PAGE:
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Is This New Zealand’s Most Successful Criminal Appellate Lawyer?

He’s one of New Zealand’s more successful appellate lawyers.  He’s also one of the longest serving prisoners and Arthur William Taylor has scored another appellate success with his Supreme Court appeal regarding the voting rights of prisoners.

Taylor has long been regarded as a frequently highly effective ‘jailhouse lawyer’ and LawFuel is aware that one of the country’s leading judges believes he is a more accomplished advocate than many lawyers who appear before the Judge.

With 38 years behind bars and over 150 convictions for serious offences including aggravated robbery, fraud and drug offences.  He has also escaped from custody on a dozen occasions.

Among his numerous legal successes has been the 2016 private prosecution he brought against ‘Witness C’, who had given evidence against David Tamihere, (pictured) the man convicted of a double murder of Swedish tourists.

Witness C was found guilty on eight perjury charges.

Taylor may only appear in cases in which he has personal involvement, but has taken the prisoner voting ban action in 2010, leading to the decision (see the press release below).

In 2010 he also took a case involving a prisoner voting ban when Justice Murray Gilbert ruled that the ban, which by then had been in force for 17 months, was “unlawful, invalid and of no effect.’

In 2013 TVNZ and other media outlets requested permission from the Corrections Department to interview Taylor in prison. Corrections declined, claiming there were security risks involved and in 2015 Taylor took the case to the Court of Appeal which ruled that the interview could proceed. In his decision, Justice Harrison said there were numerous mistakes in the Department’s decision to refuse the interview and said Corrections apparently did not want to give Taylor a “voice”.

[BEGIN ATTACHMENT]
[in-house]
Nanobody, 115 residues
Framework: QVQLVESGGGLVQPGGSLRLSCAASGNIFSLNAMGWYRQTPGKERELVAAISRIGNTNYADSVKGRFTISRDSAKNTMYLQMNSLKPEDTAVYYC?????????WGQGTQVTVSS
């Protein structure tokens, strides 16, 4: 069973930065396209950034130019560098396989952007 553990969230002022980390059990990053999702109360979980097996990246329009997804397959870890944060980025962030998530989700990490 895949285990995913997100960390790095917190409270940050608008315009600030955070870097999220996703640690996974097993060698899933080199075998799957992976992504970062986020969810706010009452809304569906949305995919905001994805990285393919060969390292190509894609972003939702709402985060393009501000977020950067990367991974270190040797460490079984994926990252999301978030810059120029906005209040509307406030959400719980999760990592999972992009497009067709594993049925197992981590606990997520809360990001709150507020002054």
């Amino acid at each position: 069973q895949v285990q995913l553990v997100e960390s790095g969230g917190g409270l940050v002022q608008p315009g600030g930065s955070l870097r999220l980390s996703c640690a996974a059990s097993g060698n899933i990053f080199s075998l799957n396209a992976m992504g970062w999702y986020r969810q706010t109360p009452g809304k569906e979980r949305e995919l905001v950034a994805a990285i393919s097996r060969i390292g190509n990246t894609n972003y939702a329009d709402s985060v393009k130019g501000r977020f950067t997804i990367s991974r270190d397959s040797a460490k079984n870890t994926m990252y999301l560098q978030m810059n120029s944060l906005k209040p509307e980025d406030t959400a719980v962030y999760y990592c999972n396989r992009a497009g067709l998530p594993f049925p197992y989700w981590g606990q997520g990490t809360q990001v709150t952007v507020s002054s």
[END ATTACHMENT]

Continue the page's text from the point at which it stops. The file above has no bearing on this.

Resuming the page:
The Supreme Court Decision:  ATTORNEY-GENERAL v ARTHUR WILLIAM TAYLOR & OTHERS

In issue in this appeal is whether the High Court has jurisdiction to make a declaration that legislation is inconsistent with the New Zealand Bill of Rights Act 1990 (the Bill of Rights). The Bill of Rights is silent about the remedies available for inconsistent action.

The present case arose in the context of the prohibition against prisoners’ voting introduced by the Electoral (Disqualification of Sentenced Prisoners) Amendment Act 2010 (the 2010 Amendment). Mr Taylor and the other respondents sought a declaration that the 2010 Amendment is inconsistent with the right to vote expressed in section 12 of the Bill of Rights.

This declaration would not affect the validity of the 2010 Amendment. The High Court found the jurisdiction to make such a declaration exists as part of the Court’s role of providing remedies for breaches of the Bill of Rights and granted the declaration.

The Attorney-General appealed. The Court of Appeal concluded that the Court had jurisdiction to make a declaration of inconsistency and so dismissed the appeal. However, although upholding the declaration made by the High Court, the Court found that Mr Taylor, a long-serving  prisoner, was disenfranchised by the previous legislation and not the 2010 Amendment.

On this basis, the Court of Appeal said he therefore lacked standing to apply for the declaration of inconsistency. The Supreme Court granted the Attorney-General leave to appeal on the question of whether the Court of Appeal was correct to make a declaration of inconsistency and to Mr Taylor on whether he had standing to seek a declaration.